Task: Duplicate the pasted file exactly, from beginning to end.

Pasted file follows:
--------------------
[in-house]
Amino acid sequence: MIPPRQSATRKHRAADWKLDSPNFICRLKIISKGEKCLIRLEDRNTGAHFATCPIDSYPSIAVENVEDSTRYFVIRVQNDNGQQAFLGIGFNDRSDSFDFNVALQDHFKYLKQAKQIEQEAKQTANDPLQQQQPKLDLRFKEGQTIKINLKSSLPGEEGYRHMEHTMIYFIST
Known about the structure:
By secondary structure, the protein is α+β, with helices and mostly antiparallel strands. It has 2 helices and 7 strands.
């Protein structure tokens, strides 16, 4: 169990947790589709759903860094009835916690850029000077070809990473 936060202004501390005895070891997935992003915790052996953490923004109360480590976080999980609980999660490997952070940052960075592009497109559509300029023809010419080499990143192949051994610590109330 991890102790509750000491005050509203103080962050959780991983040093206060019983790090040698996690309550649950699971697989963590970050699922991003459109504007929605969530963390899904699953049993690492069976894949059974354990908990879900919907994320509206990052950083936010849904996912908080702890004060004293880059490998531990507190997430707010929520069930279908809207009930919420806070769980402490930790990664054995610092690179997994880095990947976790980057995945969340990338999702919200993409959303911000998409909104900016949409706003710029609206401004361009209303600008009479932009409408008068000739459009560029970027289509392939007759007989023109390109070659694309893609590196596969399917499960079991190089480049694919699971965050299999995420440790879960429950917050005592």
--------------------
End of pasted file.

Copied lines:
[in-house]
Amino acid sequence: MIPPRQSATRKHRAADWKLDSPNFICRLKIISKGEKCLIRLEDRNTGAHFATCPIDSYPSIAVENVEDSTRYFVIRVQNDNGQQAFLGIGFNDRSDSFDFNVALQDHFKYLKQAKQIEQEAKQTANDPLQQQQPKLDLRFKEGQTIKINLKSSLPGEEGYRHMEHTMIYFIST
Known about the structure:
By secondary structure, the protein is α+β, with helices and mostly antiparallel strands. It has 2 helices and 7 strands.
């Protein structure tokens, strides 16, 4: 169990947790589709759903860094009835916690850029000077070809990473 936060202004501390005895070891997935992003915790052996953490923004109360480590976080999980609980999660490997952070940052960075592009497109559509300029023809010419080499990143192949051994610590109330 991890102790509750000491005050509203103080962050959780991983040093206060019983790090040698996690309550649950699971697989963590970050699922991003459109504007929605969530963390899904699953049993690492069976894949059974354990908990879900919907994320509206990052950083936010849904996912908080702890004060004293880059490998531990507190997430707010929520069930279908809207009930919420806070769980402490930790990664054995610092690179997994880095990947976790980057995945969340990338999702919200993409959303911000998409909104900016949409706003710029609206401004361009209303600008009479932009409408008068000739459009560029970027289509392939007759007989023109390109070659694309893609590196596969399917499960079991190089480049694919699971965050299999995420440790879960429950917050005592």